What Prospective Armed Forces People Need to Get in Physical Shape

It's pretty common for those who are trying to get into the armed forces to reach out to recruiters and the like to see what the requirements. Unfortunately, up to 60 percent of those who attempt to get into the military will be denied due to the stringent requirements for height and weight as well as body fat.

In order to pass those requirements, an individual must commit to a vigorous workout routine that will shed both pounds and body fat. Losing weight and getting fit for the job is not a particularly easy or potentially safe thing to do. For that reason, there's a specific workout routine that will guarantee you lose the weight you need to lose.

In this post, we're going to look into what prospective armed forces people need to get in physical shape.

Effective Weight Loss

The goal in this is effective weight loss that is gotten through increased burning of calories by using non-aerobic exercises such as swimming, rowing, and biking as well as walking. They also introduce a gain program meant for progressive fitness. This will help the prospect with fitness training and all of the daily events they might have in training. This differs from Physical Readiness Training, but is just as effective as this program.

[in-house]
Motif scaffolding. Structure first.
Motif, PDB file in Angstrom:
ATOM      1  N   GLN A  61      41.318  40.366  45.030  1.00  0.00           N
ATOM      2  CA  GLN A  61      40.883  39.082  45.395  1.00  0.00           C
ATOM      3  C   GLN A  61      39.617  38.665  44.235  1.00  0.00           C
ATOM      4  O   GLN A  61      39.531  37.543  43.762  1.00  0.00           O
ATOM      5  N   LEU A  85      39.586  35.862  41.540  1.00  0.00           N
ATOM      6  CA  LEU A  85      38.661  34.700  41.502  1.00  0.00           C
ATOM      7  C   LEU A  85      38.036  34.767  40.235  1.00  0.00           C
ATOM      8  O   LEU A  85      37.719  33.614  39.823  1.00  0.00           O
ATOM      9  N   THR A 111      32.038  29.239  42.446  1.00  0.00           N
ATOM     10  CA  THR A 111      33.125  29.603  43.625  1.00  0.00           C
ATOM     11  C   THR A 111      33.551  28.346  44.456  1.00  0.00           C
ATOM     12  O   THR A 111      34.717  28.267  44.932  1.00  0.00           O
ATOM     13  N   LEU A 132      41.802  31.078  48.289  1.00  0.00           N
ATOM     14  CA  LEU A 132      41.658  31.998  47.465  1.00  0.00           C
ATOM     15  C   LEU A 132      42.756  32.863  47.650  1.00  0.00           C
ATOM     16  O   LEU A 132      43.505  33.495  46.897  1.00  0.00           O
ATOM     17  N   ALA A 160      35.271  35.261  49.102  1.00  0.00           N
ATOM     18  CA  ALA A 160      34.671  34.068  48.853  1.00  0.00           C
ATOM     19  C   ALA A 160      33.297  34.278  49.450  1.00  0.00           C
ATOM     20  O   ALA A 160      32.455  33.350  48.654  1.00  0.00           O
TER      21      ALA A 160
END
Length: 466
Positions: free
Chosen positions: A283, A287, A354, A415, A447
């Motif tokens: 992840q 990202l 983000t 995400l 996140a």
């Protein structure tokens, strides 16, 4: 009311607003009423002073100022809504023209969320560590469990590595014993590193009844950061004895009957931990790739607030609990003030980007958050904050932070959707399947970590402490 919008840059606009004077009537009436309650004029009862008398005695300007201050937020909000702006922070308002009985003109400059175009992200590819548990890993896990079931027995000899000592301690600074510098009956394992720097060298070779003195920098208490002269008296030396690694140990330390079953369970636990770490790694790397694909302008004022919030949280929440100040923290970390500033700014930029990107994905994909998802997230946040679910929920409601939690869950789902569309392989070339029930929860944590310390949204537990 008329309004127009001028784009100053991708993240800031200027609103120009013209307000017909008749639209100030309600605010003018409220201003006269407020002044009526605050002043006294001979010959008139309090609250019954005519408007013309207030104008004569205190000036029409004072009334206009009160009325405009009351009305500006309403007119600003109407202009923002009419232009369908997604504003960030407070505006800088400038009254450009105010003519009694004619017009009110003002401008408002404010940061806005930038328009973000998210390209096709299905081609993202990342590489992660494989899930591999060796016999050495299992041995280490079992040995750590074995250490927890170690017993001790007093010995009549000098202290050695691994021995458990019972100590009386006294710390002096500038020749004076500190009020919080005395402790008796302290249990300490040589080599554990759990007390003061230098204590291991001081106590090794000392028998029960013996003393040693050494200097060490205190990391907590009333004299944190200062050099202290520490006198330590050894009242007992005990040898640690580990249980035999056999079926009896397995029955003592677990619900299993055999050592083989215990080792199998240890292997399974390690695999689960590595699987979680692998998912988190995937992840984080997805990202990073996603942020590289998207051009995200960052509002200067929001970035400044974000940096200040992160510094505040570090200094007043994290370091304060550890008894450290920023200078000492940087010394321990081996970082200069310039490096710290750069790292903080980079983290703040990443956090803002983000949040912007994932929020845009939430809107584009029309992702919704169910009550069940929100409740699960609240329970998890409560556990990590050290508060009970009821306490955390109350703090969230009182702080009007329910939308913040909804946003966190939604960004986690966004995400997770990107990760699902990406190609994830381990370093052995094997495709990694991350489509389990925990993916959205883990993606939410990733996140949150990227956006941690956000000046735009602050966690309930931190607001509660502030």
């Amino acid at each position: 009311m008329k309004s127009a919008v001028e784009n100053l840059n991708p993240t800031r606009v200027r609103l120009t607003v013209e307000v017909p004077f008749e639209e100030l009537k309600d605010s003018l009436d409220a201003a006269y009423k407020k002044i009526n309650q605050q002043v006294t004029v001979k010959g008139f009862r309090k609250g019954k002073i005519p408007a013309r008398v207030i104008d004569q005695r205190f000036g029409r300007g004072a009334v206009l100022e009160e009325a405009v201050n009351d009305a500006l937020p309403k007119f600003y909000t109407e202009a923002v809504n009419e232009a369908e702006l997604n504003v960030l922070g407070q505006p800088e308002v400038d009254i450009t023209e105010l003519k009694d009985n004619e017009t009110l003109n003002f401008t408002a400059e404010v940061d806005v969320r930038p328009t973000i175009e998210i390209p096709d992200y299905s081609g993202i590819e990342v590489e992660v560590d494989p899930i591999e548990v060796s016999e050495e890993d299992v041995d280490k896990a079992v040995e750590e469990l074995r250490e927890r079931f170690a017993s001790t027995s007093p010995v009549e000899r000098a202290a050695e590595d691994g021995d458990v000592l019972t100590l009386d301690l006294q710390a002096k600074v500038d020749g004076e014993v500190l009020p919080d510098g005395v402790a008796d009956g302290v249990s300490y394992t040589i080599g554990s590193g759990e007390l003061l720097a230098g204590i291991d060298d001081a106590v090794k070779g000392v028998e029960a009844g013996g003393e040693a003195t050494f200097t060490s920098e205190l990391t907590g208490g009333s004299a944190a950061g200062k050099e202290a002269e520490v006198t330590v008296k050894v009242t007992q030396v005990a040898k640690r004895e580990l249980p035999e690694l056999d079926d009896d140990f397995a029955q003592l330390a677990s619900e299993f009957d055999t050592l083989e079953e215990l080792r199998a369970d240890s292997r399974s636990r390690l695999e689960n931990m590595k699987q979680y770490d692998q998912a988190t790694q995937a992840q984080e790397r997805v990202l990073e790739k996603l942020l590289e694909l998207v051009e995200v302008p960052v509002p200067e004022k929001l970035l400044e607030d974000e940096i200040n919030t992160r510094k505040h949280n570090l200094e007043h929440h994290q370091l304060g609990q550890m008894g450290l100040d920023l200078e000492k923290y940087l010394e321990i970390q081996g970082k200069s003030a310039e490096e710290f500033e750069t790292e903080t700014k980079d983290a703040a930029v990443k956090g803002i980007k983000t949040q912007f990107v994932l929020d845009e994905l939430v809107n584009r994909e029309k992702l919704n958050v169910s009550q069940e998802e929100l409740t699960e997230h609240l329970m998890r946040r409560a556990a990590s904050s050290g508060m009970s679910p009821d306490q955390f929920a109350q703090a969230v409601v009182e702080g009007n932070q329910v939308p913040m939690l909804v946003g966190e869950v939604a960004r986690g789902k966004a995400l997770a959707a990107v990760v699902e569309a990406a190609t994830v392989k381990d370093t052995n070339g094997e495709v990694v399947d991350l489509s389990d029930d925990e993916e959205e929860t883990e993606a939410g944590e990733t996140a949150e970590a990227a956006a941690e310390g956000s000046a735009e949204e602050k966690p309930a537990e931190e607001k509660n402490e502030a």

If a significantly overweight person tries to just run to burn the pounds, they'll most likely notice some of the wear and tear in knee ligaments and shin splints and the like. It's important to take a measured and balanced route to your physical health so that you reduce the risk of physical injury or regaining the weight at a later date.

Adding more water to your intake and reducing the sugary sweets that you eat are both ways to augment your physical routine. The best way to go is always to check into your diet as well as your level of exercise. You can't simply have one or the other.